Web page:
I’ve always been interested in world politics and cultures, and when studying International Relations in Buenos Aires, I focused on Russia. The fact that more than 190 nationalities live there really impressed me and I started to learn more about this country through books, maps, music and Soviet films.
But everything changed in an unpredictable way when I met a Russian girl named Yulia on a language learning site. What at first started with polite talk about learning Russian, suddenly became a daily talk for hours and, without realizing it, I was already in love and struggling with a long distance relationship.
We spent hours every day talking about everything. She was more worried about her Tolstoy books than going to a party, and after all these talks I realized I, too, didn't like the nightlife much and I would rather stay at home talking to her, reading Russian literature or learning Russian. I learnt a lot about the Russian people with her, like the importance of religion and important Russian traditions like New Year’s celebrations. That’s different than back in Argentina.
We spent two difficult years struggling with the distance between us and the six hours time difference. People were telling me it was a waste of time and that there were many other obstacles that we needed to overcome to build up a strong patience and keep believing in our relationship. We even had to face logistic problems, like, for example, many of our packages and letters that we sent to each other took more than 3 months to reach their destination or even got lost for a long time. But with the help of WhatsApp, Skype and endless video calls, that huge distance between us was considerably reduced. After a lot of effort from us and our families, at the end of May, I was finally able to buy a ticket to the land of my dreams.
Before coming to Russia, I tried not to fall into common stereotypes about the country, but deep inside, I was still slightly biased with such things as thinking that Russian society was a bit closed or that I would not find many foreign brands. When I got out of the plane, everything was so strange… and maybe due to nerves, I even had a strong pain in all my body! But soon after, Russia crushed every expectation I had and turned into something unique in its own way.
At first glance, Russians are not that open to strangers like in Argentinians back home. I noticed that Russians do not have small talk – they just say it straight and short; don’t ask, “How are you?” And so on. But as soon as they get to know you a little better, you suddenly become a member of their family.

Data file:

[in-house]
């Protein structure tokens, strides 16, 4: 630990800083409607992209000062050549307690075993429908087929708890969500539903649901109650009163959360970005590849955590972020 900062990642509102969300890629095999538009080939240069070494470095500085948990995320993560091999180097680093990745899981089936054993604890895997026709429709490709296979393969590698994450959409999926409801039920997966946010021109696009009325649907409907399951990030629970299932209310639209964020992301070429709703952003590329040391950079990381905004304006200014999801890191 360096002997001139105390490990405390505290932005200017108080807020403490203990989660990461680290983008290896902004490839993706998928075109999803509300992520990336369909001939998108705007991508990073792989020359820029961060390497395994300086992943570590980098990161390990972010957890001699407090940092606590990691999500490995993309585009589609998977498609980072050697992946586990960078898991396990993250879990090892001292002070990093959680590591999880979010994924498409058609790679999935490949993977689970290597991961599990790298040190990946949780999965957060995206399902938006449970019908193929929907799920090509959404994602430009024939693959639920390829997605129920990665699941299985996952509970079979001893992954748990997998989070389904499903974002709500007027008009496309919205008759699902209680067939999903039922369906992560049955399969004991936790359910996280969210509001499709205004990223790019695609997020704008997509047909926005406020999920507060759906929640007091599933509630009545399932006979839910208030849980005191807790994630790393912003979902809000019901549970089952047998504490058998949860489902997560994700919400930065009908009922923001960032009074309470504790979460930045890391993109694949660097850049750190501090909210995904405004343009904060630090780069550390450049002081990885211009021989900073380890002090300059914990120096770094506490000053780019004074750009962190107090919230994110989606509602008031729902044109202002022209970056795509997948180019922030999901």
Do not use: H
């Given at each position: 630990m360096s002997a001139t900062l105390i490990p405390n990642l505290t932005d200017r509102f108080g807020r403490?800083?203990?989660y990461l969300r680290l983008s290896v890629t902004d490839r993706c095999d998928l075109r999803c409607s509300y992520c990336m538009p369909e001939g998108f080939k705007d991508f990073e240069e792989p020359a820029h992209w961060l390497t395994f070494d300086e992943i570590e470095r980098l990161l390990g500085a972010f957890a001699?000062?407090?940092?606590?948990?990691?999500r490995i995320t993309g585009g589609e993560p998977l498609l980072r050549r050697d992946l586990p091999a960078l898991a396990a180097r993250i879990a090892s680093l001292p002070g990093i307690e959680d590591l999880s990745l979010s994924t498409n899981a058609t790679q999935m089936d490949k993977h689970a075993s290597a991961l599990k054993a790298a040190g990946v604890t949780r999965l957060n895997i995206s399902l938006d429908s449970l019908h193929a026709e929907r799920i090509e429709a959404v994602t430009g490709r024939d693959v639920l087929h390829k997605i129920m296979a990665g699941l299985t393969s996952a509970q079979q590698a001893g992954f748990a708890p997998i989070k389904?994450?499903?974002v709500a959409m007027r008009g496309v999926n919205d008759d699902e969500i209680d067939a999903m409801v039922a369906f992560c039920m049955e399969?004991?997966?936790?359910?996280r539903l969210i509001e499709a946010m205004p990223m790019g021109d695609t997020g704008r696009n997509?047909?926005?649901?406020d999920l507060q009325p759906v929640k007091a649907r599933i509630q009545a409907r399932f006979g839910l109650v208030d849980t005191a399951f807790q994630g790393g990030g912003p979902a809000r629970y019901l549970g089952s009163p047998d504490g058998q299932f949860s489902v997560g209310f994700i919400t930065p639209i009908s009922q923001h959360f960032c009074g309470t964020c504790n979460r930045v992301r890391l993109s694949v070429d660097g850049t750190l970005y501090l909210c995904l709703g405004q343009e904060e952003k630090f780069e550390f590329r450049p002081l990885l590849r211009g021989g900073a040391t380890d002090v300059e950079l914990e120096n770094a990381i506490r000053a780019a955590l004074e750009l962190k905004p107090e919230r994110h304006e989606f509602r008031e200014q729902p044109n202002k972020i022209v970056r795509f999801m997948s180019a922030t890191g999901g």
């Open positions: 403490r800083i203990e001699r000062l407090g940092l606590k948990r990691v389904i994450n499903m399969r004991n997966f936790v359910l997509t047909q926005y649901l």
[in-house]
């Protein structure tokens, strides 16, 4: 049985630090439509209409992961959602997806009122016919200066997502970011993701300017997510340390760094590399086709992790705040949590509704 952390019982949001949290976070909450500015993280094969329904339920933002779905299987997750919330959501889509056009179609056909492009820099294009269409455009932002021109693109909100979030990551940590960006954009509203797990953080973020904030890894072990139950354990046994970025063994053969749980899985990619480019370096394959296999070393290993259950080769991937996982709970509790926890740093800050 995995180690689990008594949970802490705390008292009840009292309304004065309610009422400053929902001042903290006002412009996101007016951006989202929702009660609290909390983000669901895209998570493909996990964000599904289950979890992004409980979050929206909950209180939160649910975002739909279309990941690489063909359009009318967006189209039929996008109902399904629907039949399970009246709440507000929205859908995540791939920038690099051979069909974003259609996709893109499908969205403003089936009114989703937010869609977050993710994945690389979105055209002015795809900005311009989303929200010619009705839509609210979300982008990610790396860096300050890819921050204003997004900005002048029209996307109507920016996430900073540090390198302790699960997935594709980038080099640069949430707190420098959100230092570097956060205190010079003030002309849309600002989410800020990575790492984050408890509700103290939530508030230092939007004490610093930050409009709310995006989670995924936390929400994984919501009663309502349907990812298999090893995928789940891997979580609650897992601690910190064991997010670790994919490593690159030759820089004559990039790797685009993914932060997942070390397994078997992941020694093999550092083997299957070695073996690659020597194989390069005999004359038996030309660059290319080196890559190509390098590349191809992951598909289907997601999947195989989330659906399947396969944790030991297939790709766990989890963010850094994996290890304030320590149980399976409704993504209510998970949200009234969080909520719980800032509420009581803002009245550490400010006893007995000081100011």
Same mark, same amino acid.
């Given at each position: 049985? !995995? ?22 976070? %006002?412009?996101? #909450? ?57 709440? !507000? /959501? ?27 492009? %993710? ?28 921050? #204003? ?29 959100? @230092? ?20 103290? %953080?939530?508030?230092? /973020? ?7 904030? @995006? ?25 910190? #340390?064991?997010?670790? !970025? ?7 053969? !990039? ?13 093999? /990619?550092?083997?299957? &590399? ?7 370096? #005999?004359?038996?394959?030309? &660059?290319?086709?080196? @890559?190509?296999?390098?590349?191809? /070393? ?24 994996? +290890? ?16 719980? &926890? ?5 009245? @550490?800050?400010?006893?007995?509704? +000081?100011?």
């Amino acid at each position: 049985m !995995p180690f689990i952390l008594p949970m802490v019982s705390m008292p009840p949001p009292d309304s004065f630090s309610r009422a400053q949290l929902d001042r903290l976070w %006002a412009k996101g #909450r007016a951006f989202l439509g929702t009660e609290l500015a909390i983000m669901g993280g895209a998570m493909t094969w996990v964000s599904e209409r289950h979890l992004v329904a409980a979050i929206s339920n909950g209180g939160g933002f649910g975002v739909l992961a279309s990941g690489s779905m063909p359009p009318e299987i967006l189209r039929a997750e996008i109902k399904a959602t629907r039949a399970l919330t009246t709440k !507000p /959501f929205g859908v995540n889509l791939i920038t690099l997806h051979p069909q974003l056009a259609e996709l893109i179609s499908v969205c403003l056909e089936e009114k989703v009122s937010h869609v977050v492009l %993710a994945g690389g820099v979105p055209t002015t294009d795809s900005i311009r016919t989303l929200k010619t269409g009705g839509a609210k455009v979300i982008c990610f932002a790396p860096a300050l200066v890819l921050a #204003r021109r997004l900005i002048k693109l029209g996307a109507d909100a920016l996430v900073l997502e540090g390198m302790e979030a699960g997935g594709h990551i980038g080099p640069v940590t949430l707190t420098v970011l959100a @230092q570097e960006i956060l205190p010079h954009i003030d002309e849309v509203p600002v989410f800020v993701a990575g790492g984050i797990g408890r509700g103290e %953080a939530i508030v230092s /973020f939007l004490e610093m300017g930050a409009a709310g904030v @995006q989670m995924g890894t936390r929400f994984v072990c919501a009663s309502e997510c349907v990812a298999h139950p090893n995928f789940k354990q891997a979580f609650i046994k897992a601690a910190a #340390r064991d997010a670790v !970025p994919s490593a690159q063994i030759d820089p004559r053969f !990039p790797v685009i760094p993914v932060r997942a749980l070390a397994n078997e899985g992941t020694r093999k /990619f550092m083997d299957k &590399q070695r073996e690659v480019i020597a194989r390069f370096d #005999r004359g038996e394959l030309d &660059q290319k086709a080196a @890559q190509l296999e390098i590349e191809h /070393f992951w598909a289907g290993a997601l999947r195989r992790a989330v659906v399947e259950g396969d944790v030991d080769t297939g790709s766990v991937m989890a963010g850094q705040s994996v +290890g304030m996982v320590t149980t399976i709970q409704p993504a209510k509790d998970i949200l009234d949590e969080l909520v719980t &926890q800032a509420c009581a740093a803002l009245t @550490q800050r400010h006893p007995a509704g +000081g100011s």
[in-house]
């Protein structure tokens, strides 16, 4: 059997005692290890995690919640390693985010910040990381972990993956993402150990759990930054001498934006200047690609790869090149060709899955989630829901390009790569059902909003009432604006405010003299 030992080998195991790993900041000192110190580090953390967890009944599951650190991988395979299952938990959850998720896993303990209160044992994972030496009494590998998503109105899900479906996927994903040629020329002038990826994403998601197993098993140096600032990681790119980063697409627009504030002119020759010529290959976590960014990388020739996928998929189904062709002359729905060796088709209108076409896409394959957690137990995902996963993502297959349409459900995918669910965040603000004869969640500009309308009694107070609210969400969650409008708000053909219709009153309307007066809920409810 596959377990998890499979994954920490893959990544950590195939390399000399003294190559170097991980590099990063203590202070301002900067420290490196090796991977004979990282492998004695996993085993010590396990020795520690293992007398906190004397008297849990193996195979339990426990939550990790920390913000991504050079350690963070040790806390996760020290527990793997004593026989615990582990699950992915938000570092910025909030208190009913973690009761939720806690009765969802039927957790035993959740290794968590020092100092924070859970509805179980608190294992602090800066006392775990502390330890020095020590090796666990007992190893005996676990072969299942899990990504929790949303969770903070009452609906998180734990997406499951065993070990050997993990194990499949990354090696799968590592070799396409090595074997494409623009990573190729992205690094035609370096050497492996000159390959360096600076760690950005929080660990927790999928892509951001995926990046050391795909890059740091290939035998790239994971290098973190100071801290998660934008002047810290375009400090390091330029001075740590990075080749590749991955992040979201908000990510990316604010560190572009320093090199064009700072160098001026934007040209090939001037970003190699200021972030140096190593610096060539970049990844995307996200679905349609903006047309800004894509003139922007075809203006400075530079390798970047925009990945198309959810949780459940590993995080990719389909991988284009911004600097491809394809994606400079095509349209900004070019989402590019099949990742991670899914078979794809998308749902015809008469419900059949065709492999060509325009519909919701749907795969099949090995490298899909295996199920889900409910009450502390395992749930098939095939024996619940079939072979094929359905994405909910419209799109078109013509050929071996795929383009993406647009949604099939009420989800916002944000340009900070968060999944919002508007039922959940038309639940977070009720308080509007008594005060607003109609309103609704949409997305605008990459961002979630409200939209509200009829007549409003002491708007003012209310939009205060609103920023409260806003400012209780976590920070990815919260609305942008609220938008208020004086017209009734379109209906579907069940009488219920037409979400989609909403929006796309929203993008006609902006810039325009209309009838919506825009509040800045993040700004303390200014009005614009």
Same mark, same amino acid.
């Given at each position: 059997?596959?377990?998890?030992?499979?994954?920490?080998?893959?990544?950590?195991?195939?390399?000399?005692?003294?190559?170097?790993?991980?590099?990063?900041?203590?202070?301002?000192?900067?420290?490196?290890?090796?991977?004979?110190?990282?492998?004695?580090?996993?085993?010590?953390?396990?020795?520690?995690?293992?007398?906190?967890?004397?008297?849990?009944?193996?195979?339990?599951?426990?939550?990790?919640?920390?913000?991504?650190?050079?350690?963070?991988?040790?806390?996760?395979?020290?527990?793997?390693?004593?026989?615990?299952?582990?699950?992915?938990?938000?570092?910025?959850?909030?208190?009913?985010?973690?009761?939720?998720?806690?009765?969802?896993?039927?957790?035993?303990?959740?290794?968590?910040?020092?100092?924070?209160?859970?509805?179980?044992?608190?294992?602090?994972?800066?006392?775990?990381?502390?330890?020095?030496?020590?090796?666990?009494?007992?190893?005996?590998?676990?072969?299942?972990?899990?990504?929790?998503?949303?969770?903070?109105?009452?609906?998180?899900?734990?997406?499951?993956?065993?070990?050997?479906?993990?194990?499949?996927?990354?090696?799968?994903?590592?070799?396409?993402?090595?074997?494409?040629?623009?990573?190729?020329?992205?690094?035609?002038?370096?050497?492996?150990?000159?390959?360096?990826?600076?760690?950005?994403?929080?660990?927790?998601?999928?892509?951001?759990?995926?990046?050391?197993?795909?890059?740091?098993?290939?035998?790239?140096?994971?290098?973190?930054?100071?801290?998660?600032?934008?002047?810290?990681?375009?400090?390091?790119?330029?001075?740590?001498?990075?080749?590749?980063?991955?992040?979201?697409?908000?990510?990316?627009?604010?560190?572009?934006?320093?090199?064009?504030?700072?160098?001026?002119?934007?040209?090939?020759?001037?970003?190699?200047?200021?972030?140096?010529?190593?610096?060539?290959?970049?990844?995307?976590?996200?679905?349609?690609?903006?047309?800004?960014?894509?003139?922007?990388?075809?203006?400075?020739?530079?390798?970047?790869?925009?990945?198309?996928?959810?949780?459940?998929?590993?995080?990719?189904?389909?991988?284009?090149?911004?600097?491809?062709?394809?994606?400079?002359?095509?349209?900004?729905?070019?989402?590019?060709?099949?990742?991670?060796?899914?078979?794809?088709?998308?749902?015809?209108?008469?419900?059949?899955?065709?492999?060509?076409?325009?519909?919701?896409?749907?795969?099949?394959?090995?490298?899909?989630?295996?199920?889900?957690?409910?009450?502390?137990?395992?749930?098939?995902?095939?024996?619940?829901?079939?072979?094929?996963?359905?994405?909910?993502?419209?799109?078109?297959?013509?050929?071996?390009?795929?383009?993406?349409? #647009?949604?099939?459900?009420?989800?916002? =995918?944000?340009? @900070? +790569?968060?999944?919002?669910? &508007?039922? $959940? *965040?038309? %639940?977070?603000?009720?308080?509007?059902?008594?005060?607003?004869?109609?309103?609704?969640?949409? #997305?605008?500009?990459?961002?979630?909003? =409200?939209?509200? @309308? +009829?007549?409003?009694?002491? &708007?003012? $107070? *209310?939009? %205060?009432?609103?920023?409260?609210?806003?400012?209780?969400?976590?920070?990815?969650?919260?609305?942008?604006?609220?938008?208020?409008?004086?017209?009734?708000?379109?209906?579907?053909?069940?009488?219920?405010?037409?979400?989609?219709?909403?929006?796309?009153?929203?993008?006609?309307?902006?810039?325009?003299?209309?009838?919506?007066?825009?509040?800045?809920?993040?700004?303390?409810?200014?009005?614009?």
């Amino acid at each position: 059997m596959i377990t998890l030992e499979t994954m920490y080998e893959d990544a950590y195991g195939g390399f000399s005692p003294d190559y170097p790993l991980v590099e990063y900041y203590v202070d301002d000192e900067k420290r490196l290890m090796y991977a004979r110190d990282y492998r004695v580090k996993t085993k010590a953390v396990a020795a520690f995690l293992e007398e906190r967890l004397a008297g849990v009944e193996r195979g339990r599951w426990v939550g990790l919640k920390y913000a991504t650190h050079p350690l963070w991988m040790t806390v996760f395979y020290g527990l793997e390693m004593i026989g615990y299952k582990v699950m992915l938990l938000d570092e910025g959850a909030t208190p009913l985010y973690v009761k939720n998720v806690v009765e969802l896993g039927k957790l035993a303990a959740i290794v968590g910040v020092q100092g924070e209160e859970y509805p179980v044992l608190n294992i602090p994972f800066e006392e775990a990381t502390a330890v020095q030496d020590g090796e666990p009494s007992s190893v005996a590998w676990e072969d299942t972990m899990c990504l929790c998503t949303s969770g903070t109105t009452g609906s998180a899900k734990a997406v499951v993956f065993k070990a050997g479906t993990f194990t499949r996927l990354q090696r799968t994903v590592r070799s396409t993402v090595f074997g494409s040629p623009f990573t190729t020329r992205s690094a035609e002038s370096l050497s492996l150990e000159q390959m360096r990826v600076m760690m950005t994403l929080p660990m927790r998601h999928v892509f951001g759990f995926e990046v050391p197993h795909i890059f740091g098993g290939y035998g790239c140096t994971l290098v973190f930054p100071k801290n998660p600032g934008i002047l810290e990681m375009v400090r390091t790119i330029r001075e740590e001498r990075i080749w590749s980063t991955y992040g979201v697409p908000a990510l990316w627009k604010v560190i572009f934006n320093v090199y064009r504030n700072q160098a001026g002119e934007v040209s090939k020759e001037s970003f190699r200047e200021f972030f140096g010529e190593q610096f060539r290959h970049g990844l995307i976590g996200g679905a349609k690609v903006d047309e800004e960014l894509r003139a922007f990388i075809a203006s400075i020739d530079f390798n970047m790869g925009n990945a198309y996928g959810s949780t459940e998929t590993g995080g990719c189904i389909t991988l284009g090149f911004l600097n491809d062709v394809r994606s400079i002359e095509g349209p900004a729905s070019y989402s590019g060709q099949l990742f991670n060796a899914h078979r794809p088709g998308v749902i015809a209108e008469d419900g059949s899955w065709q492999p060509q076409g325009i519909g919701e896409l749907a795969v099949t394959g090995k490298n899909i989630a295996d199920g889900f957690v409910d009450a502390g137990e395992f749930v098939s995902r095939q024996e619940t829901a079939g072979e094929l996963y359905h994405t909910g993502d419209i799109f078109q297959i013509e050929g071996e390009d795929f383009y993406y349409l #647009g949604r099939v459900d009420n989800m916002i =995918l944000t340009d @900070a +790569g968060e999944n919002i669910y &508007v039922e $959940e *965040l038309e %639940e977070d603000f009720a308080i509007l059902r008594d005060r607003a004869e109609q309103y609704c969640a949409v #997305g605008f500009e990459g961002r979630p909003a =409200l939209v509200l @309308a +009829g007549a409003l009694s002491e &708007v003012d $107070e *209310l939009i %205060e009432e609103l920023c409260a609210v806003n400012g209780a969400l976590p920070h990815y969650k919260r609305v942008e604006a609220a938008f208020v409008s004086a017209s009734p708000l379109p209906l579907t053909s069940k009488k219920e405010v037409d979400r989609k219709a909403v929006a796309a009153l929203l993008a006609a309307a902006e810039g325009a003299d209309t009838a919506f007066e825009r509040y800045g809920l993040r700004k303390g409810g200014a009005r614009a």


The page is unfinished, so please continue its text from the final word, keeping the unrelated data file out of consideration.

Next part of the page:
Yulia introduced me to her relatives, who live in a small town of Roshal in the Moscow Region. People I met were very hospitable and really opened their home to me. And I’ll be honest, I’ve since adopted some of the habits that seemed weird to me at first!
In Argentina, we usually have dinner between 9-11 pm, while in Russia, there is an exact time for dinner (usually 6 pm!), which I considered too early! I read lots of stereotypes about Russia, but only one was true: that babushkas, Russian grandmas, will feed you ALL the time. Every day, Yulia’s babushka told me: “Esh, esh, esh!” (Eat, eat, eat) And I ate, of course, what else could I do? I tried borscht and shchi soups, cutlets, pelmeni – everything. The best thing was, it all looked and tasted great!
Or take house manners: Russians always change attire and shoes when they enter their home.
I really admire how much they respect veterans of the Great Patriotic War: in every place that I have been, from Moscow to Karelia, no matter how small the town is, there’s a war memorial or things that still remind you that their memories will always be alive. Next time, we plan to save more money and reach the Siberian lands. I am not afraid of the winter: I don’t like the heat, actually. I may be Argentinian, but this is not my weather!
After two months in Russia, I had to return to Argentina, and Yulia came with me for a couple of months. By the way, I now wear tapochki (slippers) in my apartment. And to be honest, I now have early dinners with traditional dishes like blini and so on. And yes, I simply love grechka (buckwheat) – in Argentina, it’s very expensive, so we brought some from Russia – lots and lots of grechka!
Now, I’m looking for a job in Russia, because we only want to live there. You know, there’s a saying: “Russian is the person who loves Russia”
I think it could be me.
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